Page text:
The pilot of N110EB contacted the Washington, DC, Federal Aviation Administration (FAA) contract Automated Flight Service Station (AFSS) at 0745 EDT (1145Z) on April 21, 2012 and obtained a weather briefing and filed an IFR flight plan. A copy of the event reconstruction for that briefing was obtained and is included as Attachment 1 in the NTSB Meteorology Group Chairman's Factual Report. An audio file was also reviewed and documented to evaluate the accuracy and content of that briefing, which follows: The pilot initially contacted the AFSS for an outlook briefing for the flight departing at 0800 EDT on April 22, 2012. 

A complete meteorological factual report prepared by a NTSB meteorology specialist is available in the supporting docket for this report.

FLIGHT RECORDERS

The Recoverable Data Module (RDM) was located in the debris field and sent to the NTSB Vehicle Recorder Laboratory in Washington DC for evaluation and download. 

WRECKAGE AND IMPACT INFORMATION

General

The airplane's main wreckage was located on a heavily wooded hillside at 40°14'58.32" North latitude, 81°32'44.95" West longitude at an approximate elevation of 1,060 feet msl. The direction of energy was about 093 degrees magnetic. The hillside had a 10-degree up slope. The initial point of impact consisted of two trees about 31 feet apart. One tree had missing bark and tree scars on one of its large branches approximately 44 feet above the ground. The second tree's trunk was broke off approximately 34 feet above the ground. Three more tree trunks in the direction of energy ranging in size from 4-8 inches were freshly broken off. 

About 80 feet from the initial point of impact there was a 3-4 foot deep crater that measured approximately 11 feet long. Within the crater, the propeller hub remained attached to a portion of the crankshaft, which still had the #6 cylinder attached to it by the piston and connecting rod. There were two trees at the far end of the crater. The main wreckage including the firewall, engine, instrument panel, and center console, was found leaning uphill against the trees.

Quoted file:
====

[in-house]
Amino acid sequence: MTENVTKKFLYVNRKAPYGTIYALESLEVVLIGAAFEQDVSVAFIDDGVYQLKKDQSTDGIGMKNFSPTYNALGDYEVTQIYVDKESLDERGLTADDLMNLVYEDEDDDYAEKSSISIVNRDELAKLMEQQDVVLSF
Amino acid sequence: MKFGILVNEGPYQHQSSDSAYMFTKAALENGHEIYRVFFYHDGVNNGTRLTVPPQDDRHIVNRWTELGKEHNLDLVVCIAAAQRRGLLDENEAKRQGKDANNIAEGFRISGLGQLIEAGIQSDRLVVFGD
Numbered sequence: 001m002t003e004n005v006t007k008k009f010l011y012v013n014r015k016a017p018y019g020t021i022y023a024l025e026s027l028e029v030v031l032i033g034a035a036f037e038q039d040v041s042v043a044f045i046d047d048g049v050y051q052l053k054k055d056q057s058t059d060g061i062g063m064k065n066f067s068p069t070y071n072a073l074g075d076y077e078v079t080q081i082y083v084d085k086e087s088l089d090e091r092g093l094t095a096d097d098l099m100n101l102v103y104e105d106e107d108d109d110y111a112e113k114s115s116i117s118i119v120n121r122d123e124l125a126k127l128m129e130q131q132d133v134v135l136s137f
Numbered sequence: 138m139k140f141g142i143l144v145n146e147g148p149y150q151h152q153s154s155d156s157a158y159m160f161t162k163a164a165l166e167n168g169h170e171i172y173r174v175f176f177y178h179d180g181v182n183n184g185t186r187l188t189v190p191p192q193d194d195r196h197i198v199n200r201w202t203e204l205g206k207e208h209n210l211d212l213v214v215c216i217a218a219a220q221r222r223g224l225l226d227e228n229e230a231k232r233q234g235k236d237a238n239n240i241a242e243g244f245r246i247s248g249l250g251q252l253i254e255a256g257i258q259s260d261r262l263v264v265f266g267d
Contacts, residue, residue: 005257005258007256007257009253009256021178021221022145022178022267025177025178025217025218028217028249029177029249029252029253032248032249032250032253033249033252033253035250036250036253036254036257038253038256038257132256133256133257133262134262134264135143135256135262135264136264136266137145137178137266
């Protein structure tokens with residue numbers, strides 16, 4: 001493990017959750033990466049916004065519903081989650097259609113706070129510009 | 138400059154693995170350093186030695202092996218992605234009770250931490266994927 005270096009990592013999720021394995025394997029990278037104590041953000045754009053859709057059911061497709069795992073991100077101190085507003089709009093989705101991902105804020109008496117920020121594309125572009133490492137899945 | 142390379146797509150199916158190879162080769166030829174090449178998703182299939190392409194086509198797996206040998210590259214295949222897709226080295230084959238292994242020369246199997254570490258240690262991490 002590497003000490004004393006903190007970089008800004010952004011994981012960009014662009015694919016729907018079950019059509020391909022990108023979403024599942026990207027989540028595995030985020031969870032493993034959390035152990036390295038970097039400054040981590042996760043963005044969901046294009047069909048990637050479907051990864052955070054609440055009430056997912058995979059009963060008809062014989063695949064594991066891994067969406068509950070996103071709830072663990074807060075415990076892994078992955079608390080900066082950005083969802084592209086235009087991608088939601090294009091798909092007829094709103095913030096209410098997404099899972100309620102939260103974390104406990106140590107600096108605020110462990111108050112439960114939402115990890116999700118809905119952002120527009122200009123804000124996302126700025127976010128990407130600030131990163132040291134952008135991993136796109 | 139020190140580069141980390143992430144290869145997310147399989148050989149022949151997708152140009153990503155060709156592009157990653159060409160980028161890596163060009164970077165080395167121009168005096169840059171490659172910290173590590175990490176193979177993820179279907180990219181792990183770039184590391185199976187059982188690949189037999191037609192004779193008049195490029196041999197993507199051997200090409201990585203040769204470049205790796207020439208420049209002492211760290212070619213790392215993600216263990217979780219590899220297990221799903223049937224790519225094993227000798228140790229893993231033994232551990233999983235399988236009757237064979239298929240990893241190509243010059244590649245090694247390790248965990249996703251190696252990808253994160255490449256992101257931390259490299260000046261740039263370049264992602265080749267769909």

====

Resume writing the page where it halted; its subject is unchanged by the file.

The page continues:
The remainder of the airplane was severely fragmented and dispersed over a debris field that measured roughly 370 feet long by about 250 feet wide at its widest point. Evidence of spot fires were present throughout the debris field. Brown wilted vegetation was present that was consistent with fuel damage. Evidence at the site was consistent with the airplane impacting the trees about 25-30 degrees nose down and level wings.

Engine

The main portion of the engine was located approximately four feet from the impact crater and exhibited impact damage. The forward portion of the crankshaft and propeller hub, and the number six cylinder were located in the impact crater and was embedded the ground. Fractured pieces of the engine crankcase and oil sump were located in the impact crater along with a turbocharger, forward section of the cam shaft, parts of the propeller governor,and magneto drive gears. The engine and all components and accessories exhibited impact damage. The right magneto was separated from the engine, exhibited impact damage and the housing was fractured. The magneto was disassembled with no pre-impact anomalies noted. The left magneto was separated from the engine, exhibited impact damage and the housing was fractured exposing the internal parts of the magneto. The magneto was disassembled with no pre-impact anomalies noted. The ignition harness exhibited impact damage. The spark plugs exhibited impact damage and had light colored combustion deposits. The electrodes were normal when compared to the Champion Check A Plug chart. The fuel pump was fractured free of the engine and located in the debris field. The fuel pump exhibited impact damage. The drive coupling was fractured and only half of it was located. The fuel pump turned freely by hand using a screw driver. The fuel pump was disassembled and exhibited normal operating signatures. The oil pump remained attached to the engine. The cover was not removed due to damage to the oil pump housing studs. The oil sump exhibited impact damage and was fractured into several small pieces in the impact crater.

Cylinder number six and a portion of the crankshaft were separated from the engine and located in the impact crater. Cylinder five was separated from the crankcase and remained attached to the crankshaft by the piston and connecting rod. All six cylinders exhibited impact damage. All cylinders were inspected using a lighted bore scope. The internal combustion chambers exhibited a material consistent with that of light combustion deposits. The cylinder bores were clear of scoring and no evidence of hard particle passage was observed in the cylinder bore ring travel area. Dirt was observed in the combustion chambers and all induction risers were fractured from the cylinders. Impact damage to the valve train, rocker arms and rocker arm covers was observed. The rocker arm covers were removed and those that were not breached contained a residue of oil. All damage noted was consistent with impact damage. The crankcase exhibited impact damage and the forward section was fragmented. The accessory portion of the crankcase was fractured. The crankshaft was fractured between the number 5 and number 6 rod journals. The forward portion of the crankshaft was separated from the crankcase and the propeller hub remained attached to the propeller flange. The camshaft gear and magneto drive gears were found in the wreckage and exhibited impact damage.The starter was fractured at its base and exhibited impact damage. The base remained attached to the starter adaptor and the other half of the starter remained attached to the firewall by a cable.